I envy those that swim the deep water.
I blame my brother. I mean there’s got to be someone to blame, right? But he really should have known better. God he was a cocky one. He must have been about thirteen, which would put me somewhere near six-years old. He swore he could get me to the island. Who was I to say different? He was my big brother. He could do anything. So I trusted.
I smile at that 50-year old memory as I sit in the sand, beer in hand. Fat, comfortable and strangely afraid for those out beyond the surf. How can they do that? Don’t they know the danger? But there they are, swimming slow, carefree, breathing on pace – cutting through the water.
But I know better. Earlier, I had gathered my courage and floundered out into the surf. Boogie board held tight to my chest. I thought it’d be better once I got beyond the break – but I could feel the pull. How it yearned to take me away. Strong and insistent. I wanted to panic, but how stupid would that be? There were 10-year old kids further out than me. I couldn’t help it though. My heart raced, and I flailed as nonchalantly as possible toward the shore. Never relaxing until my feet touched bottom.
And now, my retreat complete, I watch with awe those brave but foolish souls swimming in the distance. Watching them, I’m reminded again of my brother. How he began to tire and go under. How he bravely tried to hold me above the surface. How he’d lunge and push me up, begging for help with each crest. I remember the panic in my little mind, as I’d bob and gasp and scream before going under. Back down – into the deep.
I remember the miracle of the boat. I remember strong hands pulling us up and dumping us on the aluminum deck. I remember my brother’s excuses and the false bravado. I remember the strange look of panic and relief in my mom’s eyes. It was my first memory of gratitude for life. And it was my first memory of the fear of the deep.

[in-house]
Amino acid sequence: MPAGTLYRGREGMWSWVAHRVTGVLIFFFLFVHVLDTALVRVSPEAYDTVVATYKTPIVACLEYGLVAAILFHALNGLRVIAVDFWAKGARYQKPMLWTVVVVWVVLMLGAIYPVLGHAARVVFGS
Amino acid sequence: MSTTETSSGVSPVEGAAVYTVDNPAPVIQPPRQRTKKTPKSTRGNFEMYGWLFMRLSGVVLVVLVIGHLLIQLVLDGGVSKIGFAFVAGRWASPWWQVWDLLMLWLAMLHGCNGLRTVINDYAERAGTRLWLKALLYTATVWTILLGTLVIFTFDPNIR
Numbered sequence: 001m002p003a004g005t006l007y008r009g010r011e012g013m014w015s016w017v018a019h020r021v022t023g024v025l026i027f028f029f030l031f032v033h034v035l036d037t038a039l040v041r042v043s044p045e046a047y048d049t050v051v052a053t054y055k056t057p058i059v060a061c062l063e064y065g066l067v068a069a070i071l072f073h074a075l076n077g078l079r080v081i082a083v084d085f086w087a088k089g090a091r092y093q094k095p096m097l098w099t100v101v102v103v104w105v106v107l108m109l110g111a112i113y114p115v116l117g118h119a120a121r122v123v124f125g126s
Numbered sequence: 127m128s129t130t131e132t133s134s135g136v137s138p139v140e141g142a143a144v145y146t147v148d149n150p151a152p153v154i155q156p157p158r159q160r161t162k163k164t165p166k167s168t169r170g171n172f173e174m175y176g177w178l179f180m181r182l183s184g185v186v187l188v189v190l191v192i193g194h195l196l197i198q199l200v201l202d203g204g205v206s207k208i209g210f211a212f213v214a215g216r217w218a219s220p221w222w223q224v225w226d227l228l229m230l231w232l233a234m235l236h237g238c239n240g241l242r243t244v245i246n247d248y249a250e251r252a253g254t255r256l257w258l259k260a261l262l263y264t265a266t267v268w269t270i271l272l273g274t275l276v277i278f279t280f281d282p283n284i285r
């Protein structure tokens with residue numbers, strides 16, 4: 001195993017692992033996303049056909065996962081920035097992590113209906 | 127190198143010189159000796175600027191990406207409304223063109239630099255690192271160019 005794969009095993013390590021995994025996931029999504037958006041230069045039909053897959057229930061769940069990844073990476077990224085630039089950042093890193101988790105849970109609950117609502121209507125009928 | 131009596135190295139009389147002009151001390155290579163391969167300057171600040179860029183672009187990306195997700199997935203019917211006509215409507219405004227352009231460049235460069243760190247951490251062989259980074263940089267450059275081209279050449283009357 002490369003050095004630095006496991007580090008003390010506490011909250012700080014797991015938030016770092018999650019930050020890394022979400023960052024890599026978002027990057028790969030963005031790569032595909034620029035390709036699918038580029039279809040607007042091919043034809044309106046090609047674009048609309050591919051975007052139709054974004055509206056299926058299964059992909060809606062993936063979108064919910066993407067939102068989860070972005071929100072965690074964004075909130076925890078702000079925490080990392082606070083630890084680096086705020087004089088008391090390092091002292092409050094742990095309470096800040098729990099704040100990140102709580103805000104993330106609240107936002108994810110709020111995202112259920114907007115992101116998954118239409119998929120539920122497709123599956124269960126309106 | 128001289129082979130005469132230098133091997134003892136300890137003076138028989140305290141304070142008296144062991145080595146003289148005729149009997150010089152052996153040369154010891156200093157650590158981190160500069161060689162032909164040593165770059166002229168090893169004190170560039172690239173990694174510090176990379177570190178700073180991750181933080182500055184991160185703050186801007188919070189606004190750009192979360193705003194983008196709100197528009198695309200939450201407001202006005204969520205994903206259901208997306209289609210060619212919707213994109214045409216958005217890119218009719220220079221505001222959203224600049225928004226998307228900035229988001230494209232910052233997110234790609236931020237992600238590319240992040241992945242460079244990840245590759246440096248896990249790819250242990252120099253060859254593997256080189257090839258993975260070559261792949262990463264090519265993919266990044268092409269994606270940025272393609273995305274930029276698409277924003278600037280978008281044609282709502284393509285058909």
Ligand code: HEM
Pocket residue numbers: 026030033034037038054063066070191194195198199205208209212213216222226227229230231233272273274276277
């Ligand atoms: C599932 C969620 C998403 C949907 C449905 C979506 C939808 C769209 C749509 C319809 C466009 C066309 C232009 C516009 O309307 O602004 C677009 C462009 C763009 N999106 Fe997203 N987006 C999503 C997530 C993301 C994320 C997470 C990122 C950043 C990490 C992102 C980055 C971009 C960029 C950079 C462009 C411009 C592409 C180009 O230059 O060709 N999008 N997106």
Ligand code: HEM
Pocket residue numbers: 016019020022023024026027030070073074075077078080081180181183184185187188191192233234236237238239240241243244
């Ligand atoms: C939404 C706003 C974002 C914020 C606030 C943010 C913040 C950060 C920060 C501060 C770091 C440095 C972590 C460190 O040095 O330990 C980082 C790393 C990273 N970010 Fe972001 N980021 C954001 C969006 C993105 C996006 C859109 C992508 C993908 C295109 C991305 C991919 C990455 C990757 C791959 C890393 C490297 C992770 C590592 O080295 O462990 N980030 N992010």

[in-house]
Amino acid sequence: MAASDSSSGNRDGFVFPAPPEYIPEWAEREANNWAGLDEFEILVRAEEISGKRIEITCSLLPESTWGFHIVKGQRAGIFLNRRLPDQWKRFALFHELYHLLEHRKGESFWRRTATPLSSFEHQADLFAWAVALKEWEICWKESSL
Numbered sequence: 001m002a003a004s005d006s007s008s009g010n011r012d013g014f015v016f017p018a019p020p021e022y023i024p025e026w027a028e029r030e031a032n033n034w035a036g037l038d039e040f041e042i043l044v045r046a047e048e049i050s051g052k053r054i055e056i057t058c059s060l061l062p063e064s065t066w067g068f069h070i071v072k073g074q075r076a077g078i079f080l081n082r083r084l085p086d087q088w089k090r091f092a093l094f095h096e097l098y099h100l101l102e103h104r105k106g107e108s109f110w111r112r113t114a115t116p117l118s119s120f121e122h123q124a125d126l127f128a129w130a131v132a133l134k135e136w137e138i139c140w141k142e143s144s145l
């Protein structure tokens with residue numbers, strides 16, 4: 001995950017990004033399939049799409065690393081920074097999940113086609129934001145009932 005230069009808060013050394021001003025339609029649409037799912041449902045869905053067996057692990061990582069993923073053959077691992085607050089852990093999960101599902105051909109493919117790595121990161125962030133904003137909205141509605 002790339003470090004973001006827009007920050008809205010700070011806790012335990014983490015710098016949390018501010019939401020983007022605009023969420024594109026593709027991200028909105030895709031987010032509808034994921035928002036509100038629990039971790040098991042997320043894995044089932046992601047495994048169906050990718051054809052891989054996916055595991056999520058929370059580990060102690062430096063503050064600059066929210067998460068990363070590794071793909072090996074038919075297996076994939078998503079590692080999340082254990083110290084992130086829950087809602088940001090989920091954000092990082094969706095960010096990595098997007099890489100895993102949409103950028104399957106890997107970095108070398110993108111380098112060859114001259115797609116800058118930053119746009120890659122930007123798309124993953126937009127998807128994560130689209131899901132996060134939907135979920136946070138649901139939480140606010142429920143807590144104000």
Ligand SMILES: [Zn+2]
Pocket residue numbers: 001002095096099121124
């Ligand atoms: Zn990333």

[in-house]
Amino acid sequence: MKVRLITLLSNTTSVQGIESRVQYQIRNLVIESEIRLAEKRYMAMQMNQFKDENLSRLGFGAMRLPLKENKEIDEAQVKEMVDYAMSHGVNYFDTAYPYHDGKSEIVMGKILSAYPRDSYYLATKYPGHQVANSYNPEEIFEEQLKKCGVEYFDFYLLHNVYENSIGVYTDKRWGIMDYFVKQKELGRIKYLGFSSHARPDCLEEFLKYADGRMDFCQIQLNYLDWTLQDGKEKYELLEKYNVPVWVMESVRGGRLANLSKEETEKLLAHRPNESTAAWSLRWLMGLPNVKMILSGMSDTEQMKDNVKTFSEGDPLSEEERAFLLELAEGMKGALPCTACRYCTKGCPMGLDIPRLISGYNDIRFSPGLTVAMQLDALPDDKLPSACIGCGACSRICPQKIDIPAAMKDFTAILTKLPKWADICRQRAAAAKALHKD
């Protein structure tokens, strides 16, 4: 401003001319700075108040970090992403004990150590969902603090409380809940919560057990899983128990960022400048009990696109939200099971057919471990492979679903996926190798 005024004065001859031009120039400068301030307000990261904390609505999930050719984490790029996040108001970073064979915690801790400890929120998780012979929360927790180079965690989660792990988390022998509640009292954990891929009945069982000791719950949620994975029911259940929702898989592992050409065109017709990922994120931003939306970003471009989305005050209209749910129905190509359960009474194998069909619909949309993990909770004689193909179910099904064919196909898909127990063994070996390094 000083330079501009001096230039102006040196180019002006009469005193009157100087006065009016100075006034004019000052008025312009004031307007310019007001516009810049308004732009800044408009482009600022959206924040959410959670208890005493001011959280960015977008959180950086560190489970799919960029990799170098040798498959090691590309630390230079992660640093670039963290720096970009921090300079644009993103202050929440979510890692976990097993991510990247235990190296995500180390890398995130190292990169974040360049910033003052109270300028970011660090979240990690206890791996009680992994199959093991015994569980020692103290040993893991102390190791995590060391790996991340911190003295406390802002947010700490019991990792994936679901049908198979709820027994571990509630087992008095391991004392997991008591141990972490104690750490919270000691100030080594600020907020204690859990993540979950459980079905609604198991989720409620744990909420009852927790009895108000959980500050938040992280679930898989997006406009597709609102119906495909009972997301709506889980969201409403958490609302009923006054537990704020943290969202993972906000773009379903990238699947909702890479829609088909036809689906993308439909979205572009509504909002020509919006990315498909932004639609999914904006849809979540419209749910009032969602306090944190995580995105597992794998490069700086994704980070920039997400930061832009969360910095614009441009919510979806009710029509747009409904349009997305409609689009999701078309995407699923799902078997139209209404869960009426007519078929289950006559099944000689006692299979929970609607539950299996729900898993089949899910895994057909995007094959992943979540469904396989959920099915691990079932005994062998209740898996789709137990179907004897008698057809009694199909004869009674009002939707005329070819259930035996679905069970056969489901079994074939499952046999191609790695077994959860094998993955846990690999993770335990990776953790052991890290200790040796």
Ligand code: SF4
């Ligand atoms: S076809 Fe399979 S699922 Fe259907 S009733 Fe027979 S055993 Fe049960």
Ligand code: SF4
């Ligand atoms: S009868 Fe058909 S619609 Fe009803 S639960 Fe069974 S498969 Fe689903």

And now I sit here, feet in the sand, and realize my fear goes far beyond the water. Does the deep have a deeper meaning? And if so, what excuse do I have for remaining in the shallows? Could it be that I’m the only one to blame?
Is it too late? Am I too old? Will I ever conquer the deep? Or is it enough to expend all my effort, flailing wildly, gasping for breath – never leaving sight of the shore? Is comfort and contentment enough? Must my feet always touch bottom? Is there something exhilarating out beyond the surf’s break?
I awaken to an ant crawling across my foot, and then out toward the waves. Brave and busy. Unconcerned with the potential disaster. I toss my empty Corona in the ice chest, and turn my gaze back to the swimmers. Is it possible that liberation can be found in the deep water?
Suddenly, a sneaker wave sweeps over my feet. As I jump up to gather my belongings, I stop abruptly – wondering what just became of that brave and busy little ant. And for some reason, a small portion of one of my favorite quotations comes to mind…
“So that his place shall never be with those cold and timid souls who neither know victory nor defeat.”
Maybe it’s time I learn to swim.